In Shift, Health Care Ties Economy as Voters Top Issue
Rising Healthcare Concerns Reshape Political Terrain
Recent polls have shown that for many Americans, their top concern as voters is the issue of health care. In a September poll by Morning Consult/POLITICO 24% of citizens surveyed responded that health care is their number one concern as voters for upcoming Senate and House elections.
The same percentage of respondents named the economy as their chief concern. This is the first time in over three years that health care has been an equal concern to American voters as the health of the economy.
The renewed interest in the nation’s health care systems seems to stem from Republican efforts to repeal and replace the Affordable Care Act.
Republican efforts to eliminate the ACA was blasted by late night talk show host Jimmy Kimmel. Kimmel’s criticisms were shared many times on social media platforms and were frequently replayed on television news broadcasts.
54% of voters surveyed said they were aware of the comments made by Kimmel.
Some Republicans, however, attribute the recent revival of voter interest in health care matters to an entirely different factor.
These republicans believed that past President Obama’s health care bill has been a failure and that the American people want an end to Obama Care.
GOP Senators Bill Cassidy of Louisiana, Lindsey Graham of South Carolina, and Ron Johnson of Wisconsin are lead sponsors of a plan that would replace Obama Care. In a joint statement made to the press, the Senators expressed that Obama Care is a ‘failed law’ and that Americans ‘suffering’ because of the law.
The Lines Begin To Blur
Those that disagree with GOP assertions point out that the rise in importance of health care amongst voters is a recent phenomenon. It is more likely that the interest in health care is due to a change in ‘health care priorities’ amongst lawmakers. This opinion was expressed by Liz Hamel, of the Kaiser Family Foundation.
Until the past summer, the health care fight was, for the most part, a partisan effort for, or against, the Affordable Care Act. The was until the July vote by Senator John McCain of Arizona that crossed party lines and defeated the first Obama Care repeal plan by Republicans in the Senate.
The spotlight on health care concerns only increased and American voters seemed anxious to use their vote on November 4 to take action regarding their concerns.
Elections for Governor in the states of New Jersey and Virginia, along with ballots in Ohio and Maine that contained health care measures gave voters in these four states the power to either change health care policy or vote for a Governor that would.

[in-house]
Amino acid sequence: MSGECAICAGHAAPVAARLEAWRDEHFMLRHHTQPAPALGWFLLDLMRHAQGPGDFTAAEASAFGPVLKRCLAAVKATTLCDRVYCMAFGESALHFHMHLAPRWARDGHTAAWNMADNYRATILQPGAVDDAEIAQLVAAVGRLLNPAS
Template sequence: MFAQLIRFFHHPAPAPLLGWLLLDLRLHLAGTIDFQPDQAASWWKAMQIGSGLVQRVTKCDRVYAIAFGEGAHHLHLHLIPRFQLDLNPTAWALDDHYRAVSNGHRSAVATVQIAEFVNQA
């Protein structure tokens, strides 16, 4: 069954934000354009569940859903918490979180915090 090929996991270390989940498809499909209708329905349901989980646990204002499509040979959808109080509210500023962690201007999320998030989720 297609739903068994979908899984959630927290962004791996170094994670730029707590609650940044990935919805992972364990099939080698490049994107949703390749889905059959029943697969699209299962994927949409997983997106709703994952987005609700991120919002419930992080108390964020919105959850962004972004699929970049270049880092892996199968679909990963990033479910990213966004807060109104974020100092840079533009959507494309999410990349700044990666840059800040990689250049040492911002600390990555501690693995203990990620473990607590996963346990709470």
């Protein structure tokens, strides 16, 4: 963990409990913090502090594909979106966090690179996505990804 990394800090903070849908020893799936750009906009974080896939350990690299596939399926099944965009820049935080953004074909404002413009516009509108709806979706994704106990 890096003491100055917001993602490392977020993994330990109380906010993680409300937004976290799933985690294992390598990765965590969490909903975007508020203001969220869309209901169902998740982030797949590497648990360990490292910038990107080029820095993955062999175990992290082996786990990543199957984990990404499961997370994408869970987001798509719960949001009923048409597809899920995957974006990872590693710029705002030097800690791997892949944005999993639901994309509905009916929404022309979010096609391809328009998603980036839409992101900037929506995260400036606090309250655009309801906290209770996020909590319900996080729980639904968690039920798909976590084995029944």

With more elections scheduled for 2018, perhaps this year’s election results have provided us with insight into the effect of the Trump Administration’s approach to health care in next year’s mid-term elections.
- Virginia– The race for Virginia Governor pitted Democratic Lieutenant Ralph Northam against Republican candidate Ed Gillespie. Northam is also a physician and was vocal in his intent to make health care a central theme to his Governorship if elected. Gillespie represents the opposing viewpoint and voiced his disfavor with the concept of Medicaid expansion. The people of Virginia elect Ralph Northam to be their next Governor in a close and contested race.
- New Jersey- Kim Guadagno, current state Lieutenant Governor is the Republican candidate. Guadagno showed almost no regard for health care concerns during her campaign as health care was not even listed as a policy issue on her official campaign website. Her opponent, Democrat Phil Murphy has spoken in support of the Affordable Care Act. The result of the race was a double-digit victory for Murphy.
- Ohio- Ohio voted on a ballot measure that if passed, would become the first legislature of its kind in the country. The measure would allow for state health agencies to receive the same 24% discount for prescriptions drugs that enjoyed by the United States Department Of Veteran Affairs. The initiative is known as Ohio ballot measure 2. Supporters estimate that the proposal would gain the state $400 million in savings, a number that raises the eyebrow of the proposal’s detractors. Ohioans voted against ballot measure 2 in large numbers.
- Maine- Residents of Maine were voting on a measure that would be watched closely by many. The measure proposed would expand Medicaid and demonstrate support for the ACA. Legislators in Maine have voted to expand Medicaid benefits each of the last five years but have been met with Vetoes each time by Governor Paul LePage. The fight this time has been taken straight to voters. Voters in Maine voted in support of Medicaid expansion.
In the aftermath of these November elections, Democrats walked away feeling both victorious and that they had a decided political edge among the nation’s voters in regards to the issue of health care. The hopes for Democrats is that this perceived advantage will pay dividends in next year’s mid-term elections.
While the impact that health care concerns on next year’s elections remain to be seen, One thing is certainly true. The concern Americans have expressed recently at healthcare issues are real and continuing to grow.